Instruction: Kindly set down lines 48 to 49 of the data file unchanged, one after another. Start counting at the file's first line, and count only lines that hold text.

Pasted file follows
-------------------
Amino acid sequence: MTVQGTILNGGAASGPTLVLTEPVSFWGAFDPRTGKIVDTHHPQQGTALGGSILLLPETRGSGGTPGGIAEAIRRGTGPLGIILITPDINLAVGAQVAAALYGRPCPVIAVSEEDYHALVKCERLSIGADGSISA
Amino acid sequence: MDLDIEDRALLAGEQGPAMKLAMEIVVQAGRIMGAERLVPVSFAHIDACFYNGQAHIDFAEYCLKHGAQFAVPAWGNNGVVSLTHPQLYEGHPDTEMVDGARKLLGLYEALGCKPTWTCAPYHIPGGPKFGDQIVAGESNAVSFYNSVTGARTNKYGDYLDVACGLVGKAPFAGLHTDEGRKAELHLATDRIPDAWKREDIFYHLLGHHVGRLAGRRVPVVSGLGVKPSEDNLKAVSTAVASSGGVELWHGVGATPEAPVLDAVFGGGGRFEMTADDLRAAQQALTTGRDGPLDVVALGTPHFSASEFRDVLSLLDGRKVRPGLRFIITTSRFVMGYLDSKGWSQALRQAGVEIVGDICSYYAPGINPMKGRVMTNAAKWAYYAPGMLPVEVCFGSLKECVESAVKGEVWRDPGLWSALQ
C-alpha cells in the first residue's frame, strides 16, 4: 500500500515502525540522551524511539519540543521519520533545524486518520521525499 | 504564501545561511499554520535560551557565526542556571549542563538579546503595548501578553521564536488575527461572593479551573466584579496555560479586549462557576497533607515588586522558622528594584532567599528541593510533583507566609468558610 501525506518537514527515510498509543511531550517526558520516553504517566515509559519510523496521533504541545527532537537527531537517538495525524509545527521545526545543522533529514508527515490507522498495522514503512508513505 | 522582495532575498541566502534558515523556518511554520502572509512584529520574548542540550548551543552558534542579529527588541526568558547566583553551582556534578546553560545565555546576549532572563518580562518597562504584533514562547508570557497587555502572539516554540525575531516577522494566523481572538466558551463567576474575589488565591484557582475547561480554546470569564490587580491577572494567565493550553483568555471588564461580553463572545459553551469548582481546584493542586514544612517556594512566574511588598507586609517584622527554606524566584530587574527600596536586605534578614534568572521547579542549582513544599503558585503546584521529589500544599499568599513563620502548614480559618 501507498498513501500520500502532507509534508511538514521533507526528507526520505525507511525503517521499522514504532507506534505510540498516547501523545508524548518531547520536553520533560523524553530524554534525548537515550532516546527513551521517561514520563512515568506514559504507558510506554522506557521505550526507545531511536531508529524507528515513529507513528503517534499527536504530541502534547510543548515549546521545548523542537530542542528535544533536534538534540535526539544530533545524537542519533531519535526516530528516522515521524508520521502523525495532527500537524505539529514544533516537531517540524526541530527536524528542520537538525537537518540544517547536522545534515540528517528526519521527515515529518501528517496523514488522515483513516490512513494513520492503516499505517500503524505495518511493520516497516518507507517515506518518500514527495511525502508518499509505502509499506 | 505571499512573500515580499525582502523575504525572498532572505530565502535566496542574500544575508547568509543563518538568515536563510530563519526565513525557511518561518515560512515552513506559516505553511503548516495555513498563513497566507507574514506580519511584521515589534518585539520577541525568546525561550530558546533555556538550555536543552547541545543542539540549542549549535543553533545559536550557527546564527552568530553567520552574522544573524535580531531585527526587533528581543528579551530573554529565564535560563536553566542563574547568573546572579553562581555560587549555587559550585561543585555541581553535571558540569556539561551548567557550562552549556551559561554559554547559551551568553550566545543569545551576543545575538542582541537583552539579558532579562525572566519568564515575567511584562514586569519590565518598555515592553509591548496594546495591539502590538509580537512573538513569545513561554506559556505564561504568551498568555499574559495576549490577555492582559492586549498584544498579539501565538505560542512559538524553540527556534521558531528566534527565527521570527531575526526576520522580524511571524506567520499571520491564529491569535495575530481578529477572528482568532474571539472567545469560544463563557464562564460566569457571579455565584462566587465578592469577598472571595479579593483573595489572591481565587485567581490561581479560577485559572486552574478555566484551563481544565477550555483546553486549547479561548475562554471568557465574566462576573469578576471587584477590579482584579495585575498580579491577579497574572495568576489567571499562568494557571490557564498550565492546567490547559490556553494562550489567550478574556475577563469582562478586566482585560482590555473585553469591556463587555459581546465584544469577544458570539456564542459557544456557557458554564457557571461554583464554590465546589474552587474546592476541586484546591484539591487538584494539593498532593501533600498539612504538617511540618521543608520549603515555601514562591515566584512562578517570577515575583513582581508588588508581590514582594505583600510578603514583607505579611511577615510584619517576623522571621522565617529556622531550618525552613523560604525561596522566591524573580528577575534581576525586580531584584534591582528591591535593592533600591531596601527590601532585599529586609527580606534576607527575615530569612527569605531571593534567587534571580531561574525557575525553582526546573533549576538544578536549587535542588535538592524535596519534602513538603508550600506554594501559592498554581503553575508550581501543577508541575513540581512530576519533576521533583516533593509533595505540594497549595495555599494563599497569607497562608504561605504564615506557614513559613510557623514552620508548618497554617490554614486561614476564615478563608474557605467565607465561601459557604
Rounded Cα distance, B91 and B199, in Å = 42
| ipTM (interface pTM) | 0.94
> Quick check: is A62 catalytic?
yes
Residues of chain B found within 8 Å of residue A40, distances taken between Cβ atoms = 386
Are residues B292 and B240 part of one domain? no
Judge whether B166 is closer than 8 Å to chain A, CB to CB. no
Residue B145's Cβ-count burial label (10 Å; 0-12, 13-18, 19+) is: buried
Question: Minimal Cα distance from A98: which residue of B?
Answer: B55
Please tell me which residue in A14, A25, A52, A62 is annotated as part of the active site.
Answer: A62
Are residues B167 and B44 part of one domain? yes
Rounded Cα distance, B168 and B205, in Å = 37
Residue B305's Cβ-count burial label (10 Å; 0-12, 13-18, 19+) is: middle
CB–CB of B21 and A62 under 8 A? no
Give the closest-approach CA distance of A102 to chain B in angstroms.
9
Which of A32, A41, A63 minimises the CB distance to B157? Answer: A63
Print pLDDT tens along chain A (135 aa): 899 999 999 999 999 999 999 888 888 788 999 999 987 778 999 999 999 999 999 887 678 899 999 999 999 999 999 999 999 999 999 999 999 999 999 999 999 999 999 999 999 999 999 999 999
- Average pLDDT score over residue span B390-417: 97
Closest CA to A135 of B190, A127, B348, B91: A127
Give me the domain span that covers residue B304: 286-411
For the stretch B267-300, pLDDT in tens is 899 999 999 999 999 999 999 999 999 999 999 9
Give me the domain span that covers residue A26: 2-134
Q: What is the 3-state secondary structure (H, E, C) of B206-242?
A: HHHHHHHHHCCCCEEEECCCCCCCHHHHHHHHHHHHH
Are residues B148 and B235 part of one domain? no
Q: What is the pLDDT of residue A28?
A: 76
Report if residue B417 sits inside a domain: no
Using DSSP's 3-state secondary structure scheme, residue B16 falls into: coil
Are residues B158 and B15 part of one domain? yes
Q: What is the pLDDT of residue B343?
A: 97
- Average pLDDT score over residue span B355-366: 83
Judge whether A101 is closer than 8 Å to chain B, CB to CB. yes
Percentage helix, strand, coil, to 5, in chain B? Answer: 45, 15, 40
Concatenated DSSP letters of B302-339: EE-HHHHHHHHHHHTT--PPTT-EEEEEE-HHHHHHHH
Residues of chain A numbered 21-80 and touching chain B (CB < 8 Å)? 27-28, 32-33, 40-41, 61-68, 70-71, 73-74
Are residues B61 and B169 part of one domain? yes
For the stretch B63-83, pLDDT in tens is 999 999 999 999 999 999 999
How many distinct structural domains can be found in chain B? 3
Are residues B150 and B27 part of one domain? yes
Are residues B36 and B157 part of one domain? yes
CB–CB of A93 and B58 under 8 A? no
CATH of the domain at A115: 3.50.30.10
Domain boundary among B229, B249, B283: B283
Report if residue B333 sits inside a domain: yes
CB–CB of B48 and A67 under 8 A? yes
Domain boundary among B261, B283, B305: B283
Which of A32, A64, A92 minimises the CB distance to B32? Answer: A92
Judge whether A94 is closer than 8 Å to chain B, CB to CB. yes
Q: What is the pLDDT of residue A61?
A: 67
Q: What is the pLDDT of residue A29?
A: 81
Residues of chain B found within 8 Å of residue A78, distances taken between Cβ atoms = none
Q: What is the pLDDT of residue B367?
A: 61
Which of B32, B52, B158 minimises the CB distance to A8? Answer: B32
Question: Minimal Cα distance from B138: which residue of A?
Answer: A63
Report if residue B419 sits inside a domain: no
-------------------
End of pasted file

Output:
Are residues B36 and B157 part of one domain? yes
CB–CB of A93 and B58 under 8 A? no